Wait! the crab's twice alive, mark! Oh, worthy, your soul, Of strange ends, great results, novel labours! Take note, I reject this for one! (ay, now, straight to the hole! Safe in sand there—your skirts smooth out all as they float!) I, shirk drinking through flaws in the bowl?

XXV

Or suppose now that rock's cleft—grim, scored to the quick, As a man's face kept fighting all life through gets scored, Mossed and marked with grey purulent leprosies, sick, Flat and foul as man's life here (be swift with your sword— Cut the soul out, stuck fast where thorns prick!)

XXVI

—Say it let the rock's heart out, its meaning, the thing All was made for, devised, ruled out gradually, planned— Ah, that sea-shell, perhaps—since it lies, such a ring Of pure colour, a cup full of sunbeams, to stand (Say, in Lent) at the priest's hand—(no king!)

XXVII

Blame the cleft then? Praise rather! So—just a chance gone! Had you said—"Save the seed and secure souls in flower"— Ah, how time laughs, years palpitate, pro grapples con, Till one day you shrug shoulders—"Well, gone, the good hour!" Till one night—"Is God off now? or on?"



IV

UP THE SPOUT

I

Hi! Just you drop that! Stop, I say! Shirk work, think slink off, twist friend's wrist? Where that spined sand's lined band's the bay— Lined blind with true sea's blue, as due— Promising—not to pay?

II

For the sea's debt leaves wet the sand; Burst worst fate's weights in one burst gun? A man's own yacht, blown—What? off land? Tack back, or veer round here, then—queer! Reef points, though—understand?

III

I'm blest if I do. Sigh? be blowed! Love's doves make break life's ropes, eh? Tropes! Faith's brig, baulked, sides caulked, rides at road; Hope's gropes befogged, storm-dogged and bogged— Clogged, water-logged, her load!

IV

Stowed, by Jove, right and tight, away! No show now how best plough sea's brow, Wrinkling—breeze quick, tease thick, ere day, Clear sheer wave's sheen of green, I mean, With twinkling wrinkles—eh?

V

Sea sprinkles winkles, tinkles light Shells' bells—boy's joys that hap to snap! It's just sea's fun, breeze done, to spite God's rods that scourge her surge, I'd urge— Not proper, is it—quite?

VI

See, fore and aft, life's craft undone! Crank plank, split spritsail—mark, sea's lark! That grey cold sea's old sprees, begun When men lay dark i' the ark, no spark, All water—just God's fun!

VII

Not bright, at best, his jest to these Seemed—screamed, shrieked, wreaked on kin for sin! When for mirth's yell earth's knell seemed please Some dumb new grim great whim in him Made Jews take chalk for cheese.

VIII

Could God's rods bruise God's Jews? Their jowls Bobbed, sobbed, gaped, aped the plaice in face: None heard, 'tis odds, his—God's—folk's howls. Now, how must I apply, to try This hookiest-beaked of owls?

IX

Well, I suppose God knows—I don't. Time's crimes mark dark men's types, in stripes Broad as fen's lands men's hands were wont Leave grieve unploughed, though proud and loud With birds' words—No! he won't!

X

One never should think good impossible. Eh? say I'd hide this Jew's oil's cruse— His shop might hold bright gold, engrossible By spy—spring's air takes there no care To wave the heath-flower's glossy bell!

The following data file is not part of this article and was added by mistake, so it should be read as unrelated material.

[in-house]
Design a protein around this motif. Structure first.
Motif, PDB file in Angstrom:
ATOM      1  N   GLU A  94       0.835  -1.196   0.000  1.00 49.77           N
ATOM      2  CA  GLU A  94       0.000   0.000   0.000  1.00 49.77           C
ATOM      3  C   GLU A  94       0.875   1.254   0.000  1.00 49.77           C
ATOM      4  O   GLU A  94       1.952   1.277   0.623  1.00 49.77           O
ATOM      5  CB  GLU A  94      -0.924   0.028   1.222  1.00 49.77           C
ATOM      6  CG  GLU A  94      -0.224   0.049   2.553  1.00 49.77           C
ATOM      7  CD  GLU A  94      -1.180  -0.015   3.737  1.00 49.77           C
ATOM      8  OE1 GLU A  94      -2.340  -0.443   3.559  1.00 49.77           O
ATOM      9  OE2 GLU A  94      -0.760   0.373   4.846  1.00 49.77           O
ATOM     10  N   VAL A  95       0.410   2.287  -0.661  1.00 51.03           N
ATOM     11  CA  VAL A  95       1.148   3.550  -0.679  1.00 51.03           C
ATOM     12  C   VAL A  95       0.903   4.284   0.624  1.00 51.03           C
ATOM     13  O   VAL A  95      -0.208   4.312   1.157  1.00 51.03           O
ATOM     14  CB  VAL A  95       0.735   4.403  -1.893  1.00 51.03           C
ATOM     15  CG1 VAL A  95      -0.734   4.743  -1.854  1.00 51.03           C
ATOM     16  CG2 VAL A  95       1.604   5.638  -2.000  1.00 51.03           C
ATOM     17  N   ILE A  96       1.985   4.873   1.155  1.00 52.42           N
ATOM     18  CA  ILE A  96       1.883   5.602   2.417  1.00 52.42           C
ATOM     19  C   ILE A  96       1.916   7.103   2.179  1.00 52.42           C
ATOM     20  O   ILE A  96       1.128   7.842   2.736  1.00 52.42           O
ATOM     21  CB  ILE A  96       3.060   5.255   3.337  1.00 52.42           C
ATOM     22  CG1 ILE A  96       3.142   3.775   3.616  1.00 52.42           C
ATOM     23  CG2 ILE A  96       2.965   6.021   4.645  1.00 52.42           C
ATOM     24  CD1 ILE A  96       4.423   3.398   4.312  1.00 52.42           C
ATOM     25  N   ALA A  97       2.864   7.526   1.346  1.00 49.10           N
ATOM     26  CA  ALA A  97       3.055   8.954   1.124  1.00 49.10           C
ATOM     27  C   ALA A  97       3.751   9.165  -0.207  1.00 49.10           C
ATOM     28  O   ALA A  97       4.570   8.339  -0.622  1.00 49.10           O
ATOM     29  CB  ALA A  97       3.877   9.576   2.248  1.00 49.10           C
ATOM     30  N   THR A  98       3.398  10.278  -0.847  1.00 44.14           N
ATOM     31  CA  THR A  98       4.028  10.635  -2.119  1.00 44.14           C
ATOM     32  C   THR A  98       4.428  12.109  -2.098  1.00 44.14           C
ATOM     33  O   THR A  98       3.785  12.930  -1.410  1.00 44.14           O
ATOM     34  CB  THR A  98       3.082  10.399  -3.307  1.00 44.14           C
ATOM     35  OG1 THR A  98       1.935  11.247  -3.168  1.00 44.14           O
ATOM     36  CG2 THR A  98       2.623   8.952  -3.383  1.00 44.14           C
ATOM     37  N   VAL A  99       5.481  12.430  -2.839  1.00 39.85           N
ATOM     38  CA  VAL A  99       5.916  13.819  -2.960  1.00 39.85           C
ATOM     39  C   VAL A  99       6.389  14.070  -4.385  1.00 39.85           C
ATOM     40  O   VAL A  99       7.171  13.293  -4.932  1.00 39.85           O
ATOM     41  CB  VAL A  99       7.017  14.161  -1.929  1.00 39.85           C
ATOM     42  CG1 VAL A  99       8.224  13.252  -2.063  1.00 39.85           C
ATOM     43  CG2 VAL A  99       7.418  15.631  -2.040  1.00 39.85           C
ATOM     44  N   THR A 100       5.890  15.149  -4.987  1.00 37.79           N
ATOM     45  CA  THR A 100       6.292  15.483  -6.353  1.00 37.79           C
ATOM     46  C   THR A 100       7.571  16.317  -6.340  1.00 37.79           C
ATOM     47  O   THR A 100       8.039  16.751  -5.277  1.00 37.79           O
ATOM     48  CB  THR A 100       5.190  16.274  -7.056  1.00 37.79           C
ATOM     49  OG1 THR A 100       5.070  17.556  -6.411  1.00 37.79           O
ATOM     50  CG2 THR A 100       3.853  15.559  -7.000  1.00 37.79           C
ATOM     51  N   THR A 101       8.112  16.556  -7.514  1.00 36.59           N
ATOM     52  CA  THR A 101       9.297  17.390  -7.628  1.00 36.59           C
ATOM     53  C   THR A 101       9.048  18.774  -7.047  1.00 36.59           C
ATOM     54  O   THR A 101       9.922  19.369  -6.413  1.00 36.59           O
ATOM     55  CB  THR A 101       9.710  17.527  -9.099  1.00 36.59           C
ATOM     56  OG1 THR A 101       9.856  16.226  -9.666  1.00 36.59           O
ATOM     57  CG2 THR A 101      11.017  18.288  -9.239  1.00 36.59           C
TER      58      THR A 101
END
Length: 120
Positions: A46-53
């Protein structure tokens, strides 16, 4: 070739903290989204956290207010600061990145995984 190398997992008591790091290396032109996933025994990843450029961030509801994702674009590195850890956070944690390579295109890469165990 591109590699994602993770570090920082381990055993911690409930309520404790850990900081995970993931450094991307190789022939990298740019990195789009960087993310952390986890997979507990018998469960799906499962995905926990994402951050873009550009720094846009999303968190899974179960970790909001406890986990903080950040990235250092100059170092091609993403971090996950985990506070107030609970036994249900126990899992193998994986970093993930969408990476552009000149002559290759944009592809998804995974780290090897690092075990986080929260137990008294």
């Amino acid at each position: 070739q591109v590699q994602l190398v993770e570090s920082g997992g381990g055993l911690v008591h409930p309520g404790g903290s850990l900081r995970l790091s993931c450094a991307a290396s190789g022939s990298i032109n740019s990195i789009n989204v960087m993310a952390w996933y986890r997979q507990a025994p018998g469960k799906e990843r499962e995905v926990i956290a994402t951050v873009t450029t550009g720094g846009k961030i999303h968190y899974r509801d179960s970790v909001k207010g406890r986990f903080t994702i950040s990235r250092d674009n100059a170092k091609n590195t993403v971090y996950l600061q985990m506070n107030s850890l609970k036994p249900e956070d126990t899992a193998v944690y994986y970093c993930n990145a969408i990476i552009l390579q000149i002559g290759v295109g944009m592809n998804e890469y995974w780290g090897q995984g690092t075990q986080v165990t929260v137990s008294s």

XI

But gold bells chime in time there, coined— Gold! Old Sphinx winks there—"Read my screed!" Doctrine Jews learn, use, burn for, joined (Through new craft's stealth) with health and wealth— At once all three purloined!

XII

I rose with dawn, to pawn, no doubt, (Miss this chance, glance untried aside?) John's shirt, my—no! Ay, so—the lout! Let yet the door gape, store on floor And not a soul about?

XIII

Such men lay traps, perhaps—and I'm Weak—meek—mild—child of woe, you know! But theft, I doubt, my lout calls crime. Shrink? Think! Love's dawn in pawn—you spawn Of Jewry! Just in time!



V

OFF THE PIER

I

One last glance at these sands and stones! Time goes past men, and lives to his liking, Steals, and ruins, and sometimes atones. Why should he be king, though, and why not I king? There now, that wind, like a swarm of sick drones!

II

Is it heaven or mere earth (come!) that moves so and moans? Oh, I knew, when you loved me, my soul was in flowerage— Now the frost comes; from prime, though, I watched through to nones, Read love's litanies over—his age was not our age! No more flutes in this world for me now, dear! trombones.

III

All that youth once denied and made mouths at, age owns. Facts put fangs out and bite us; life stings and grows viperous; And time's fugues are a hubbub of meaningless tones. Once we followed the piper; now why not the piper us? Love, grown grey, plays mere solos; we want antiphones.

IV

And we sharpen our wits up with passions for hones, Melt down loadstars for magnets, use women for whetstones, Learn to bear with dead calms by remembering cyclones, Snap strings short with sharp thumbnails, till silence begets tones, Burn our souls out, shift spirits, turn skins and change zones;

V

Then the heart, when all's done with, wakes, whimpers, intones Some lost fragment of tune it thought sweet ere it grew sick; (Is it life that disclaims this, or death that disowns?) Mere dead metal, scrawled bars—ah, one touch, you make music! Love's worth saving, youth doubts, but experience depones.

VI

In the darkness (right Dickens) of Tom-All-Alone's Or the Morgue out in Paris, where tragedy centuples Life's effects by Death's algebra, Shakespeare (Malone's) Might have said sleep was murdered—new scholiasts have sent you pills To purge text of him! Bread? give me—Scottice—scones!

VII

Think, what use, when youth's saddle galls bay's back or roan's, To seek chords on love's keys to strike, other than his chords? There's an error joy winks at and grief half condones, Or life's counterpoint grates the C major of discords— 'Tis man's choice 'twixt sluts rose-crowned and queens age dethrones.

VIII